According to Wikipedia, circular economy (also referred to as “circularity”) is an economic system aimed at eliminating waste and the continual use of resources. Circular systems employ reuse, sharing, repair, refurbishment, remanufacturing and recycling to create a closed-loop system, minimizing the use of resource inputs and the creation of waste, pollution, and carbon emissions.
Recent global debates regarding water scarcity, global warming, and the long-term impact of industrial processes on the environment, have given way to circular economy taking a significant place in the water sector discussions as well, both regarding the immediate impact on our environment, as well as part of a long-term dialogue regarding the preservation of future natural resources (click the image to enlarge).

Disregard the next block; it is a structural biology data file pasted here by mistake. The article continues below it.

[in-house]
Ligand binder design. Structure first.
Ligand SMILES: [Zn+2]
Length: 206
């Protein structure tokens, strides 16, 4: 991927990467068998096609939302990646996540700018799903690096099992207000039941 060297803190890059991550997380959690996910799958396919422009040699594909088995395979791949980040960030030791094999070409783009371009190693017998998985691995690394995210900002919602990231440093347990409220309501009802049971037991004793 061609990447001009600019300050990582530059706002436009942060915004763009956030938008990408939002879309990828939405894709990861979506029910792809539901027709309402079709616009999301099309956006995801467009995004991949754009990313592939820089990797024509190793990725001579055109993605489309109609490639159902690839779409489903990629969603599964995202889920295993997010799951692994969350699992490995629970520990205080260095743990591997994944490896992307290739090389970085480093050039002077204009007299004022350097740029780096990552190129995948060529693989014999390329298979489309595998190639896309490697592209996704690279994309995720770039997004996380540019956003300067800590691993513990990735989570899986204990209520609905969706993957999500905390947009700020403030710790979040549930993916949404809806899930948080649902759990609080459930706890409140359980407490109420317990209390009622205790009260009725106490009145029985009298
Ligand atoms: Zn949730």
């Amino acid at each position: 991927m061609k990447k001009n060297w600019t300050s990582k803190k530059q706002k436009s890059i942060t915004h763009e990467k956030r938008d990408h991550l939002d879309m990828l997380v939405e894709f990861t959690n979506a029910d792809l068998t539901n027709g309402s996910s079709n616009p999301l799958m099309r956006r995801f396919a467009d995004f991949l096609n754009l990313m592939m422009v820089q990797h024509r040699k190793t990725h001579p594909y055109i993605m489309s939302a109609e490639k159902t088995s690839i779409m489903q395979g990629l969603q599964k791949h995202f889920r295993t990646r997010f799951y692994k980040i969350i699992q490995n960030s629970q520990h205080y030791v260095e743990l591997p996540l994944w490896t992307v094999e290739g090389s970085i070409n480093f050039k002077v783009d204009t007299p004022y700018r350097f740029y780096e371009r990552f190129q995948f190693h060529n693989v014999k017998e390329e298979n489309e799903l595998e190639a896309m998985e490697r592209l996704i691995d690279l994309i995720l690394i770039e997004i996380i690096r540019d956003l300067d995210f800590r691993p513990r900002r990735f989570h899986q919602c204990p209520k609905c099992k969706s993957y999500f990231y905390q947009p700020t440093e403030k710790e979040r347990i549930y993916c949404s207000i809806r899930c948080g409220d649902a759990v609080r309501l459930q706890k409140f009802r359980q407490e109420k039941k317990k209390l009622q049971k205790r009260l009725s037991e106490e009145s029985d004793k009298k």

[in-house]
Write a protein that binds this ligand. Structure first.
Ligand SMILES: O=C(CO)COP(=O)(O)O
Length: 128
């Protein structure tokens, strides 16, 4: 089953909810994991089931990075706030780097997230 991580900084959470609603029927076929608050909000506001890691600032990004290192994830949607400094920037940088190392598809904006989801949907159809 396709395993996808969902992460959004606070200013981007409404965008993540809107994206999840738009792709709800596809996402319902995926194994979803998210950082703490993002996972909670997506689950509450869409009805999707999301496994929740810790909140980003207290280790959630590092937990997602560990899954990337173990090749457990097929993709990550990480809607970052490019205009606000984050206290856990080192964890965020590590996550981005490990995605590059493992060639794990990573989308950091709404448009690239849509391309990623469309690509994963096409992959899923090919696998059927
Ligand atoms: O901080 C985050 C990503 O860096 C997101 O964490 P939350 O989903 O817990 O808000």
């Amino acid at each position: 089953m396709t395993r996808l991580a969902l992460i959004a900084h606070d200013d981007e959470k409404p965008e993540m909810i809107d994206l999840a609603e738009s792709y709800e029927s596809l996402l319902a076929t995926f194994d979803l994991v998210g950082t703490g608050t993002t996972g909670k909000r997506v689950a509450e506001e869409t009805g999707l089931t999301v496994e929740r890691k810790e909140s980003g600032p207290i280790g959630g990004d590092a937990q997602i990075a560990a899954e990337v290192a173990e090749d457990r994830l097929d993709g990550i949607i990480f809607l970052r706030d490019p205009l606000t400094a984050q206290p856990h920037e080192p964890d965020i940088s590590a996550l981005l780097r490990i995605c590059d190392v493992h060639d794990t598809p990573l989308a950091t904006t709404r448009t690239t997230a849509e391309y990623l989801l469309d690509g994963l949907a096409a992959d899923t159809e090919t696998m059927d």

Drilling deeper into the utilization of circular economy in the water sector, two fields can be identified:
The first is the removal of resources from industrial and municipal wastewater, mainly biogas and various nutrients such as phosphorus and nitrogen. Aside from the evident environmental benefits of removing such materials from wastewater prior to discharge, effective production of biogas can result in significant energy cost reduction for end users.
The second is the growing demand for water reuse. Initially used by water-stressed territories, and further adopted by various industries looking to meet wastewater effluent discharge regulations, water reuse is taking its place as one the growing trends in water treatment. The everchanging water consumption habits for both industrial and municipal applications are driving the quick adoption of various water treatment technologies, such as tertiary treatment by screen, disc, microfiber and media filtration, and advanced treatment by membrane filtration that is often utilized as part of the desalination process.
Given the global forecasts presented by research institutes around the world, it is expected we will see a further increase in the utilization of circular economy practices in the water sector, aiming to comply with environmental regulations and the need to save on energy costs.